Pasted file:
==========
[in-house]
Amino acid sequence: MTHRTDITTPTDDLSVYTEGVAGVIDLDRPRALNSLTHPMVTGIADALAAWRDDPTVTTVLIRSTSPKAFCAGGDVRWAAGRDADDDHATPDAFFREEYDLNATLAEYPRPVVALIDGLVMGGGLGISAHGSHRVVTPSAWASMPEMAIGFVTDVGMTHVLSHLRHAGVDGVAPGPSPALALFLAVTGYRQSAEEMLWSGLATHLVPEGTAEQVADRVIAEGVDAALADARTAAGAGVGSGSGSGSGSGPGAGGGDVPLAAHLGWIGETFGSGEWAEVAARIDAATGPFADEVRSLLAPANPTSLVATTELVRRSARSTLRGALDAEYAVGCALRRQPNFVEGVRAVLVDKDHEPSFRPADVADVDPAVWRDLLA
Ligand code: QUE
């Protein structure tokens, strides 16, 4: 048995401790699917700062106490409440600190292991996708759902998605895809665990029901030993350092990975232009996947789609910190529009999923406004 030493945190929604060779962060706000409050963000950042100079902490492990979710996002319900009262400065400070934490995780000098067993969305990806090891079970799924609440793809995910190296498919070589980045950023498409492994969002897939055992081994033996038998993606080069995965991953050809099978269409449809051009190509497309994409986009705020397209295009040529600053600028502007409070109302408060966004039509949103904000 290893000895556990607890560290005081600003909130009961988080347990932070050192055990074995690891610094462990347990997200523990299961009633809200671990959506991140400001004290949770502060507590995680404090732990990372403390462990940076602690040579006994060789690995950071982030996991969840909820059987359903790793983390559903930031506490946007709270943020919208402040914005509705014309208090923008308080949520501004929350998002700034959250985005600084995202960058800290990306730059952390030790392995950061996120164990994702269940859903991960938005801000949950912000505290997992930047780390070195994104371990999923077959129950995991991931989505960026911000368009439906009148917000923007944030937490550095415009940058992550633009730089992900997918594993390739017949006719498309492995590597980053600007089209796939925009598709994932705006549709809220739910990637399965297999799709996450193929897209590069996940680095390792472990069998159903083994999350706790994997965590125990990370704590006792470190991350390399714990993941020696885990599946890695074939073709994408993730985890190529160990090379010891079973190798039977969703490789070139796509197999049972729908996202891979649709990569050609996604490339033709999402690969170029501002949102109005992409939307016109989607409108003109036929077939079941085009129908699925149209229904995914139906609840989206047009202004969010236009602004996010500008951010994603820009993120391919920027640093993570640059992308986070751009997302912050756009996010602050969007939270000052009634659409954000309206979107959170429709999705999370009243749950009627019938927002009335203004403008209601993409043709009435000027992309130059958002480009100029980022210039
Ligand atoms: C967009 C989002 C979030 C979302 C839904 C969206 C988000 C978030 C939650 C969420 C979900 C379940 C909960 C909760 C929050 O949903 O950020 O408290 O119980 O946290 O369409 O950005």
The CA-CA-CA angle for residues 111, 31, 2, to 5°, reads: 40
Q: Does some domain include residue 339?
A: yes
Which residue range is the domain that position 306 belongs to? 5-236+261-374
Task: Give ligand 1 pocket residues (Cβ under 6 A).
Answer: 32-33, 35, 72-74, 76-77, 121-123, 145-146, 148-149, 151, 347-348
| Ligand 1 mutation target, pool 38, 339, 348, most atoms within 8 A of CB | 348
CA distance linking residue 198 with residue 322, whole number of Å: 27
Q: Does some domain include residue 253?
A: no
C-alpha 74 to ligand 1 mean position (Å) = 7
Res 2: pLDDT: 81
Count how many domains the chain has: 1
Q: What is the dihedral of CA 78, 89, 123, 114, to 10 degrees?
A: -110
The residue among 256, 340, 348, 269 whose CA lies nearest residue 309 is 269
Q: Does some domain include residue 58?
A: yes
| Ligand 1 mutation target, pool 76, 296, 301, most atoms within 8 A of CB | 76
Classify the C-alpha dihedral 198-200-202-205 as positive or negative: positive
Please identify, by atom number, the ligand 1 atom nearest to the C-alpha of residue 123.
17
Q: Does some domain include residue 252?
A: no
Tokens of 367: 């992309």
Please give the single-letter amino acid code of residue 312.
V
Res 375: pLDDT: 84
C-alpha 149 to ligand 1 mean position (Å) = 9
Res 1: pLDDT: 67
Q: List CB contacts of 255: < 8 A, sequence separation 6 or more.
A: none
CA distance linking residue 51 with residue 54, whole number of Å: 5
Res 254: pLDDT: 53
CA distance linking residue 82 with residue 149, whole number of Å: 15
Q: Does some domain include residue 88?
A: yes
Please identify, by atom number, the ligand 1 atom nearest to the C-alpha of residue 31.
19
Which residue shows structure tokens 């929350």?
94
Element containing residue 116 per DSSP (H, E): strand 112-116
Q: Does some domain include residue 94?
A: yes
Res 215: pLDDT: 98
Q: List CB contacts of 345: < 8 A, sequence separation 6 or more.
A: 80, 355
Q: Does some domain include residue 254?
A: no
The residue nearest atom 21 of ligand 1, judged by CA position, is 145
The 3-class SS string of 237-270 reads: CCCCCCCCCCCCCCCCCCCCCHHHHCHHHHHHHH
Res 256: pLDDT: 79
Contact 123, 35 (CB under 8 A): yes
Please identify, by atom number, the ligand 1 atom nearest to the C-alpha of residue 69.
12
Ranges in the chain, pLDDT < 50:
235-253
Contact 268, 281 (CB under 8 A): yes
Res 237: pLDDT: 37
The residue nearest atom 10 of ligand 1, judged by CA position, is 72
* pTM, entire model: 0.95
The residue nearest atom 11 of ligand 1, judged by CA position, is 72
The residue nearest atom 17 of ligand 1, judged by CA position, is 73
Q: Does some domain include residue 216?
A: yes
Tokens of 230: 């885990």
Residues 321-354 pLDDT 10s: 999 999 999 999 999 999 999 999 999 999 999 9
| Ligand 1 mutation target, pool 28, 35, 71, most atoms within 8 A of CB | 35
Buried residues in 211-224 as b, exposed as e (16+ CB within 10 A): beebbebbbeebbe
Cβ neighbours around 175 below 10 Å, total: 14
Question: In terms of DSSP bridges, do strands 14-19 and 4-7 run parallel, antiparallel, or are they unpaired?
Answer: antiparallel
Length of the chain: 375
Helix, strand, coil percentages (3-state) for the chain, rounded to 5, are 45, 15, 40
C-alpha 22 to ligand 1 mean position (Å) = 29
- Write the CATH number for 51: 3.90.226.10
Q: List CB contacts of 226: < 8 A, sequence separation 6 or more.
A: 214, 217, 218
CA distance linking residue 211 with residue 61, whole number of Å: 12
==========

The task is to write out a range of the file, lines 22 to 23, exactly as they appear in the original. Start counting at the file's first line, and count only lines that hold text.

Q: Does some domain include residue 58?
A: yes